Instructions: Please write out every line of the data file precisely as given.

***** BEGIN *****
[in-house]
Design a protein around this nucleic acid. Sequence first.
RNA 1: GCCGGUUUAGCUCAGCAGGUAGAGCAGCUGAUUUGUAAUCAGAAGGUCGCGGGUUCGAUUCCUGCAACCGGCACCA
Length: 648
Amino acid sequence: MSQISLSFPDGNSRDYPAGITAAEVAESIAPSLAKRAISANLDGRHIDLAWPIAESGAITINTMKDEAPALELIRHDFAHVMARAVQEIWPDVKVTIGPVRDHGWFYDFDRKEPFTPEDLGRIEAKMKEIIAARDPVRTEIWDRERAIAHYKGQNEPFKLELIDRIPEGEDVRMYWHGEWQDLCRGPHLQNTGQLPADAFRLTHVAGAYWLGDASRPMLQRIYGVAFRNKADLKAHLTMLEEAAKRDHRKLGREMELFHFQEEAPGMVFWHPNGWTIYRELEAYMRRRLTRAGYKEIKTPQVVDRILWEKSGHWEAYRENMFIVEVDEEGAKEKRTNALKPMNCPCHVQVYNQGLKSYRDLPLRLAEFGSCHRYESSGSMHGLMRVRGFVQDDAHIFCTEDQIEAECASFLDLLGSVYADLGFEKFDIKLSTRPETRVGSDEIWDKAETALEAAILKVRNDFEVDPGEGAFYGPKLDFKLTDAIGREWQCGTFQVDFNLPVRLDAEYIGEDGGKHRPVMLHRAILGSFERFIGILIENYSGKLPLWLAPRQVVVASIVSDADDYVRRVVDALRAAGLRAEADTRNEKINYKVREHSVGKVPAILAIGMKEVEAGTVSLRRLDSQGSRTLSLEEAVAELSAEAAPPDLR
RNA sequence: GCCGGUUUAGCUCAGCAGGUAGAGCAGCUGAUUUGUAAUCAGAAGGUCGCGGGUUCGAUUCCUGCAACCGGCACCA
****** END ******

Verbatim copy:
[in-house]
Design a protein around this nucleic acid. Sequence first.
RNA 1: GCCGGUUUAGCUCAGCAGGUAGAGCAGCUGAUUUGUAAUCAGAAGGUCGCGGGUUCGAUUCCUGCAACCGGCACCA
Length: 648
Amino acid sequence: MSQISLSFPDGNSRDYPAGITAAEVAESIAPSLAKRAISANLDGRHIDLAWPIAESGAITINTMKDEAPALELIRHDFAHVMARAVQEIWPDVKVTIGPVRDHGWFYDFDRKEPFTPEDLGRIEAKMKEIIAARDPVRTEIWDRERAIAHYKGQNEPFKLELIDRIPEGEDVRMYWHGEWQDLCRGPHLQNTGQLPADAFRLTHVAGAYWLGDASRPMLQRIYGVAFRNKADLKAHLTMLEEAAKRDHRKLGREMELFHFQEEAPGMVFWHPNGWTIYRELEAYMRRRLTRAGYKEIKTPQVVDRILWEKSGHWEAYRENMFIVEVDEEGAKEKRTNALKPMNCPCHVQVYNQGLKSYRDLPLRLAEFGSCHRYESSGSMHGLMRVRGFVQDDAHIFCTEDQIEAECASFLDLLGSVYADLGFEKFDIKLSTRPETRVGSDEIWDKAETALEAAILKVRNDFEVDPGEGAFYGPKLDFKLTDAIGREWQCGTFQVDFNLPVRLDAEYIGEDGGKHRPVMLHRAILGSFERFIGILIENYSGKLPLWLAPRQVVVASIVSDADDYVRRVVDALRAAGLRAEADTRNEKINYKVREHSVGKVPAILAIGMKEVEAGTVSLRRLDSQGSRTLSLEEAVAELSAEAAPPDLR
RNA sequence: GCCGGUUUAGCUCAGCAGGUAGAGCAGCUGAUUUGUAAUCAGAAGGUCGCGGGUUCGAUUCCUGCAACCGGCACCA